Center for Autism Research’s spring conference to focus on access and neurodiversity
The center also will mark its 10th anniversary at the one-day event, to be held Friday, April 21, at The Inn at Virginia Tech. Presenters will include a self-advocate keynote speaker and a research keynote speaker, as well as Virginia Tech faculty, alumni, and doctoral students.
(Editor's note: Registration for this event has reached capacity.)
The Virginia Tech Center for Autism Research’s biennial spring conference returns live, in-person for the first time since 2019 on April 21 at The Inn at Virginia Tech. The one-day event also will mark the 10th anniversary of the center.
Among the keynoter speakers are developmental psychologist Julie Lounds Taylor, an associate professor at Vanderbilt University Medical Center who will talk about her research on supporting families and youth during transition age, and Daniel Durany, a self-advocate who is on the autism spectrum and who has specialized in sports data analytics and spoken at such events as the 2013 Texas State Autism Conference and the 2014 Oklahoma State Autism Conference.
The conference also will feature a parent panel and presentations from current and former faculty and student affiliates of the Virginia Tech Autism Clinic and Center for Autism Research on biomedical, technology, education, and clinical research applied to autism, according to Angela Scarpa, center director and a professor in the Department of Psychology, part of the Virginia Tech College of Science.
Scarpa said researchers, self-advocates, parents/caregivers, providers, and anyone interested are invited. The event takes place from 8:30 a.m. to 4:30 p.m. Cost per person is $10, and lunch and refreshments are provided. Pre-registration is required and will close on April 17. Limited scholarships are available for individuals with autism, students, or others in need. Individuals with a disability who desire accommodations should email the center at email@example.com at least 10 business days prior to the event.
“At the end of the day, we hope attendees will take away the sense of pride we have in celebrating neurodiversity as we close our 10th year,” Scarpa said. “Our theme is access and neurodiversity, and we aim to present research on autism from different theoretical perspectives that will ultimately offer the kind of understanding needed to facilitate autism-friendly services and supports through the lifespan and improve access to those resources.”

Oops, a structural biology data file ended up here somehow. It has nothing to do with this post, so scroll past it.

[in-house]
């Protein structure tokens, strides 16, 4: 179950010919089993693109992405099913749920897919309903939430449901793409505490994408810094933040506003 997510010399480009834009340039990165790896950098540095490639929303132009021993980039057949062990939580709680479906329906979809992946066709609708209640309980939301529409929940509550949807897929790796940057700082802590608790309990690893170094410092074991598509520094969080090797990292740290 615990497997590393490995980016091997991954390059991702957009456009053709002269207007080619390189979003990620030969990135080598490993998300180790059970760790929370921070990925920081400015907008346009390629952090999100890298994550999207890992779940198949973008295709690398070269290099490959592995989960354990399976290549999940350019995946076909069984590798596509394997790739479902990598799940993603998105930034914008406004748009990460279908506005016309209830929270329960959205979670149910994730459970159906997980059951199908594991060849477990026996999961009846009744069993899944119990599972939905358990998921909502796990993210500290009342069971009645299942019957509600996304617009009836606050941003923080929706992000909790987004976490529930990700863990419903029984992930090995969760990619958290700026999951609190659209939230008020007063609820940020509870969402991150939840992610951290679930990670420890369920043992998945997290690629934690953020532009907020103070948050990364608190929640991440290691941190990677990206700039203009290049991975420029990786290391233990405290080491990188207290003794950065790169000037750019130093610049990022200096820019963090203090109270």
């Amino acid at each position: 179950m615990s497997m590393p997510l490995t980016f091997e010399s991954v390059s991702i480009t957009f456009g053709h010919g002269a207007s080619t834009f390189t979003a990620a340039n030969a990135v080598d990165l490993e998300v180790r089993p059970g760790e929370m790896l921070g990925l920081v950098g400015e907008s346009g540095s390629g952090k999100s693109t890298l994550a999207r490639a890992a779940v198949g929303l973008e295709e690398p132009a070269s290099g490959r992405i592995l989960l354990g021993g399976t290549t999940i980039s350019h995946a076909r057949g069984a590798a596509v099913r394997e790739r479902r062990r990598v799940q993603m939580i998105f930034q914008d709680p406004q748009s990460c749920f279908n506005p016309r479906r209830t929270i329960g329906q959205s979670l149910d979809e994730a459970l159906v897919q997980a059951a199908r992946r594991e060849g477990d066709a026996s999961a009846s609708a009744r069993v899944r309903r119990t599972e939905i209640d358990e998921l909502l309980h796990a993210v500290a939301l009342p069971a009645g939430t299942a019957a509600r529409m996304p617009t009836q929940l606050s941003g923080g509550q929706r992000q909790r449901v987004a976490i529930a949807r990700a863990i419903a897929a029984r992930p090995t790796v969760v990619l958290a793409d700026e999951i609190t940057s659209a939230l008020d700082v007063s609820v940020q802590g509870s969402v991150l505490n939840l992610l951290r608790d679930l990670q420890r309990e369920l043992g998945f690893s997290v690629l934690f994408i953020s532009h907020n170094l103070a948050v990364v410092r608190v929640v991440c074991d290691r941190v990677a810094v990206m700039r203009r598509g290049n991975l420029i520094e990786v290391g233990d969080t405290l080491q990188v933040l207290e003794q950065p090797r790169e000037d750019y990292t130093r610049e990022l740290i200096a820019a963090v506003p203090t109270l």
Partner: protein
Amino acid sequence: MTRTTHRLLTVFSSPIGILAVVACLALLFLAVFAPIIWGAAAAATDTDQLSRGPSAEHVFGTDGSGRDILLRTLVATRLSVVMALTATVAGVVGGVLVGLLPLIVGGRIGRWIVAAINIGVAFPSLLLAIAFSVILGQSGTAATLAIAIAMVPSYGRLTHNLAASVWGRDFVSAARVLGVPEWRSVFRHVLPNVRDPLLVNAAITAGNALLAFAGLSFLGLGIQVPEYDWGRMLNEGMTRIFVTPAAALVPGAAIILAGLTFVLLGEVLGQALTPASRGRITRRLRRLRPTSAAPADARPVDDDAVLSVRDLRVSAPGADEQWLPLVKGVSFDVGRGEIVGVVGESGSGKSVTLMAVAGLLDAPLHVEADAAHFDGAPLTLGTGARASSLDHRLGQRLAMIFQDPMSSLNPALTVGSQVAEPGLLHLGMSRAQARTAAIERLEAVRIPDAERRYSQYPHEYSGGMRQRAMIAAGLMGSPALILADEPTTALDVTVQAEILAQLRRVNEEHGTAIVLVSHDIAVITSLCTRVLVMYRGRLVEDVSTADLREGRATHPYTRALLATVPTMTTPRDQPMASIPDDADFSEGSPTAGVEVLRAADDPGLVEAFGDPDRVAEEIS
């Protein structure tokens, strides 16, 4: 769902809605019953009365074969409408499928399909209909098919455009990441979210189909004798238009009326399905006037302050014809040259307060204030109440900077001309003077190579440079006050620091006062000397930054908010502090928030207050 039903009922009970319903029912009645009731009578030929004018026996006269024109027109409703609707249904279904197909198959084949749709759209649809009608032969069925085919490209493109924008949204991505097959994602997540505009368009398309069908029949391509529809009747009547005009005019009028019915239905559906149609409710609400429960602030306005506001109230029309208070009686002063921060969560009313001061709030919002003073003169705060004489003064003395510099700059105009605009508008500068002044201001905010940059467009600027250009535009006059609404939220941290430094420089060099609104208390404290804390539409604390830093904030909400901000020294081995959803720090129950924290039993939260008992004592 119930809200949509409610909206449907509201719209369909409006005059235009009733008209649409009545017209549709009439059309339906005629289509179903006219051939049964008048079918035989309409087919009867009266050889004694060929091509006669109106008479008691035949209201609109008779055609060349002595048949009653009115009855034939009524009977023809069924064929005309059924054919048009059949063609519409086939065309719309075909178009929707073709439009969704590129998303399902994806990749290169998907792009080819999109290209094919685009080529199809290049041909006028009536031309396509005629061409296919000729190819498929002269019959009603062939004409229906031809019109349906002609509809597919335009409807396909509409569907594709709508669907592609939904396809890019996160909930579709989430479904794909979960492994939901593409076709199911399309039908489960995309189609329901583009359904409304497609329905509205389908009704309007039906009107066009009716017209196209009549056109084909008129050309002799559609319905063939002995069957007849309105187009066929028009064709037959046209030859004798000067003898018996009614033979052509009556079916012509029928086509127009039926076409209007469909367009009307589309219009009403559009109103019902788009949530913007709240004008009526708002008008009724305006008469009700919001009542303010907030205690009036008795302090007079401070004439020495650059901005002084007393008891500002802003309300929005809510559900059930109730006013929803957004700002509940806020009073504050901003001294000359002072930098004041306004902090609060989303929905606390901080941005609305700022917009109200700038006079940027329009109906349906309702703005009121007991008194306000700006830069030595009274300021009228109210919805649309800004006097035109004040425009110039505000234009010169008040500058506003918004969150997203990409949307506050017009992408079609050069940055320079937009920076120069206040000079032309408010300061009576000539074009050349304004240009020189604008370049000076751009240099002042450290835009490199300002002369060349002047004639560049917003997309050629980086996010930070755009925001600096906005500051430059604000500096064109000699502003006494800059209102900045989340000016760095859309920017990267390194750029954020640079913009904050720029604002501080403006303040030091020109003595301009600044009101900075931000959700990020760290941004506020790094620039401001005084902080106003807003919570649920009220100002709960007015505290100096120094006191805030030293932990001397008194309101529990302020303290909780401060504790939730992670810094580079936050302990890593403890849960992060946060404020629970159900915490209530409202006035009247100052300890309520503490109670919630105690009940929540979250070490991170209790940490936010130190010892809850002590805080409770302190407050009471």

Amy Azano, an associate professor of adolescent literacy in the School of Education and director of the Center for Rural Education, part of the Virginia Tech College of Liberal Arts and Human Sciences, will present the Supporting Autism Friendly Environments (SAFE) Award to Tori Thurston, assistant director of marketing and fan experience with Virginia Tech Athletics. Thurston previously was presented the award during the autism friendly SAFE Virginia Tech Women’s Basketball game in December.
Additional speakers include, Michelle Patriquin, director of research and a senior psychologist at the Menninger Clinic and an associate professor at Baylor College of Medicine; Marika Coffman, an assistant professor at Duke University; and Jerry Hulick, founder of the Washington Group Special Care Planning Team. All three are Virginia Tech alumni. Hulick is a longtime supporter of the College of Science and the College of Liberal Arts and is a member of Virginia Tech’s Ut Prosim Society.
Luke Achenie, a professor in the Department of Chemical Engineering, part of the Virginia Tech College of Engineering, and Amy Azano will also present talks as will Ph.D. candidates Jennifer Bertollo and Megan Fok of the Department of Psychology and David Jones and Shiva Ghasemi of the Department of Computer Science.
The event is sponsored by the Washington Group Special Care Planning Team, Virginia Tech, and the College of Science.